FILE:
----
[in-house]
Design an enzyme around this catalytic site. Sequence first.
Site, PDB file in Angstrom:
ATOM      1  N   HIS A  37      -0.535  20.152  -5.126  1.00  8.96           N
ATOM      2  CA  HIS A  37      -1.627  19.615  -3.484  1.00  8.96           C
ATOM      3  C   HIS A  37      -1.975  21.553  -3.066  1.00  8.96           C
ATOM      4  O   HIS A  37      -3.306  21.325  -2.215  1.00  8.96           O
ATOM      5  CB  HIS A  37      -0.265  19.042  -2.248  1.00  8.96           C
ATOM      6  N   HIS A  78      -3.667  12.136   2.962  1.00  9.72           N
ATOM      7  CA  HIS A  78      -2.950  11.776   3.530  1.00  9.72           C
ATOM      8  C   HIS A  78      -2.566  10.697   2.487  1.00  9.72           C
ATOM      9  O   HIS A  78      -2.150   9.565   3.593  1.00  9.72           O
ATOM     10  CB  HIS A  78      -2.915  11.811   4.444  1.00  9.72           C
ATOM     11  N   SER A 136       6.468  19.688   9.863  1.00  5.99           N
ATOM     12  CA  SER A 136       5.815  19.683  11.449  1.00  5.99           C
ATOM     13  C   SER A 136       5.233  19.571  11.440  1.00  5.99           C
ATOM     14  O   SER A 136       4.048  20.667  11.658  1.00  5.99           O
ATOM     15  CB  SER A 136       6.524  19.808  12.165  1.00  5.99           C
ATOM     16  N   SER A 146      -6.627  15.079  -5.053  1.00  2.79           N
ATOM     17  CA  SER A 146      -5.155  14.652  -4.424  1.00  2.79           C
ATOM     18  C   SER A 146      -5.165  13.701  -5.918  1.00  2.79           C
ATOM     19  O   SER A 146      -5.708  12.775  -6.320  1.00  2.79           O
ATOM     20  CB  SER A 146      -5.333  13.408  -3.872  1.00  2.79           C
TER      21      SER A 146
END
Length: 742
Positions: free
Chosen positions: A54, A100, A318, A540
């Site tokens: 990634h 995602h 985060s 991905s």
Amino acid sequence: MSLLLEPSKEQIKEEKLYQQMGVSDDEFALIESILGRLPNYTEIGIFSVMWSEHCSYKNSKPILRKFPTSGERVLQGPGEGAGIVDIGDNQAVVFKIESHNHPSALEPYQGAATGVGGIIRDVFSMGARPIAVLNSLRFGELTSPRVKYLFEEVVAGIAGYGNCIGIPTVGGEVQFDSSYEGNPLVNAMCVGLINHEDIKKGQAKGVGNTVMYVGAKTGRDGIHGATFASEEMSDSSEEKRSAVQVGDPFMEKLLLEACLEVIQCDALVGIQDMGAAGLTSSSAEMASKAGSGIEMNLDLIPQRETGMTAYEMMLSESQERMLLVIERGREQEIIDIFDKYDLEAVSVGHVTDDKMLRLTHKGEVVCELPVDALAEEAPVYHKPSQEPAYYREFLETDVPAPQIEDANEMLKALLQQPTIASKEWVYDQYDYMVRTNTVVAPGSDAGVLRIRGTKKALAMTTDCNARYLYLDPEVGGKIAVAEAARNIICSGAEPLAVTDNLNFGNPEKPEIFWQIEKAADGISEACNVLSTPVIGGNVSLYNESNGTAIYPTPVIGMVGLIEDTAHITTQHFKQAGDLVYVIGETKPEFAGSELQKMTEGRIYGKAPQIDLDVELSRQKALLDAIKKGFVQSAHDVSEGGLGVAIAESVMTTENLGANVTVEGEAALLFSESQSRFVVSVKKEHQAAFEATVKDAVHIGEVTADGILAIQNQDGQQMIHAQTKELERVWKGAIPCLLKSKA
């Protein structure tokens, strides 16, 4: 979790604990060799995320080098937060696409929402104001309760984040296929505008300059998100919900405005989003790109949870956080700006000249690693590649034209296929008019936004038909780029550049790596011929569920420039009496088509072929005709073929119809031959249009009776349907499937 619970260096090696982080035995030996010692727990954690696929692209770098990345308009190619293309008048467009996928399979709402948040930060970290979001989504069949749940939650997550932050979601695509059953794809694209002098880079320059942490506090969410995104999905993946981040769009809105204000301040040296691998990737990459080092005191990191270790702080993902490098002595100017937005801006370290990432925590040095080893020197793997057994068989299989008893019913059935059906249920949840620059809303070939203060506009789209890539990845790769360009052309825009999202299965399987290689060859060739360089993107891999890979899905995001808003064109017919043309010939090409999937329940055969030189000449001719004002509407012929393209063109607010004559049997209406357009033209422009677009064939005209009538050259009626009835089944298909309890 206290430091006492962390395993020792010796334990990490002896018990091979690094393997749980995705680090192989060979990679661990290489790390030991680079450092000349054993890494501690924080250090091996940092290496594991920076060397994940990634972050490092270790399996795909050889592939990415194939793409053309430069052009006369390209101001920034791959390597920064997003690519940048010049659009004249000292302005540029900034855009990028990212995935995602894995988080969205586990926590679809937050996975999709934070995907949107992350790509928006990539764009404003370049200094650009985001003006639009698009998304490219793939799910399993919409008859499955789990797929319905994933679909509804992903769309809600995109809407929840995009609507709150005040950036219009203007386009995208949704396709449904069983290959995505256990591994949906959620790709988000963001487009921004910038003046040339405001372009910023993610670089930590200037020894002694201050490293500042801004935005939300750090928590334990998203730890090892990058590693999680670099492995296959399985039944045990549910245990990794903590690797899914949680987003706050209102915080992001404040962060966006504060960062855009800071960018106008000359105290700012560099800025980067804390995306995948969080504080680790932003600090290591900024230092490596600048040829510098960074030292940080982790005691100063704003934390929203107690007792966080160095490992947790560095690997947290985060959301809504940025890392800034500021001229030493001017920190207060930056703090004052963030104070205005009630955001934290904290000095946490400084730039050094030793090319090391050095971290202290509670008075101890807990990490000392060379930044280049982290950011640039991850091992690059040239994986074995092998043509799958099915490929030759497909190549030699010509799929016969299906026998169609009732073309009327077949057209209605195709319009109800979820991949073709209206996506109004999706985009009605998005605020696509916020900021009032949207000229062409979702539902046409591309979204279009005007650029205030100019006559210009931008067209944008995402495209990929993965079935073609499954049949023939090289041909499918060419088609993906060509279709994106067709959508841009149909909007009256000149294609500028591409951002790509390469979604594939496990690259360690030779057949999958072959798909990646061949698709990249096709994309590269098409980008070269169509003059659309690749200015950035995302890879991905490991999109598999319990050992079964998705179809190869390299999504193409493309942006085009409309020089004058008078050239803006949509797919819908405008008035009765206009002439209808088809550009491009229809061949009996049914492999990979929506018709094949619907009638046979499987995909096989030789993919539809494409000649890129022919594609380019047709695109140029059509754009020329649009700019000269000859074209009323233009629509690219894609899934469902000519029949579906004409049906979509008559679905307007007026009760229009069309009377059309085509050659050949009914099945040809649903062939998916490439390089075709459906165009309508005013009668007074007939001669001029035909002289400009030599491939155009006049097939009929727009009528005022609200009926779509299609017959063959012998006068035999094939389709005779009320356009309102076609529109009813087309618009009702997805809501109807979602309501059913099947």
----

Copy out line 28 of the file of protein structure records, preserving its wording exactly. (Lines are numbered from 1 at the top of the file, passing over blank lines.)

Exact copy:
Chosen positions: A54, A100, A318, A540